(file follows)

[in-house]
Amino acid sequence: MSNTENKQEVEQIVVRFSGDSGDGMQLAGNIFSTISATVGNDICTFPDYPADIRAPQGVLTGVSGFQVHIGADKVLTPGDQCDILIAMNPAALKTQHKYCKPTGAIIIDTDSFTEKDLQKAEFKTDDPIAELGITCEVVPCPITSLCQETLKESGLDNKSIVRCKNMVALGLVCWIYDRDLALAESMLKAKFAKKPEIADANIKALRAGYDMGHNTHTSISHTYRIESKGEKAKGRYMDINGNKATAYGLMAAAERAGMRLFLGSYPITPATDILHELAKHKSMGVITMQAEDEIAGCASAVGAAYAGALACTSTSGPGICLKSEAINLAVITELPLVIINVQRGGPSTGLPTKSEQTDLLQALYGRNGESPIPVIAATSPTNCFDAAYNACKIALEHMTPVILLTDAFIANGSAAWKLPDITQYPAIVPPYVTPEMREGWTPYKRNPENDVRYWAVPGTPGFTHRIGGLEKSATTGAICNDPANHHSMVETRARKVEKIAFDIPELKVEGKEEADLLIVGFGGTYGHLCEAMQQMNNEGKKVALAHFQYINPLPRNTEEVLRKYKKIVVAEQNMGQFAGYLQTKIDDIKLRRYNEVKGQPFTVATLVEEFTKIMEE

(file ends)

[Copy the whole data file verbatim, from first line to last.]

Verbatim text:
[in-house]
Amino acid sequence: MSNTENKQEVEQIVVRFSGDSGDGMQLAGNIFSTISATVGNDICTFPDYPADIRAPQGVLTGVSGFQVHIGADKVLTPGDQCDILIAMNPAALKTQHKYCKPTGAIIIDTDSFTEKDLQKAEFKTDDPIAELGITCEVVPCPITSLCQETLKESGLDNKSIVRCKNMVALGLVCWIYDRDLALAESMLKAKFAKKPEIADANIKALRAGYDMGHNTHTSISHTYRIESKGEKAKGRYMDINGNKATAYGLMAAAERAGMRLFLGSYPITPATDILHELAKHKSMGVITMQAEDEIAGCASAVGAAYAGALACTSTSGPGICLKSEAINLAVITELPLVIINVQRGGPSTGLPTKSEQTDLLQALYGRNGESPIPVIAATSPTNCFDAAYNACKIALEHMTPVILLTDAFIANGSAAWKLPDITQYPAIVPPYVTPEMREGWTPYKRNPENDVRYWAVPGTPGFTHRIGGLEKSATTGAICNDPANHHSMVETRARKVEKIAFDIPELKVEGKEEADLLIVGFGGTYGHLCEAMQQMNNEGKKVALAHFQYINPLPRNTEEVLRKYKKIVVAEQNMGQFAGYLQTKIDDIKLRRYNEVKGQPFTVATLVEEFTKIMEE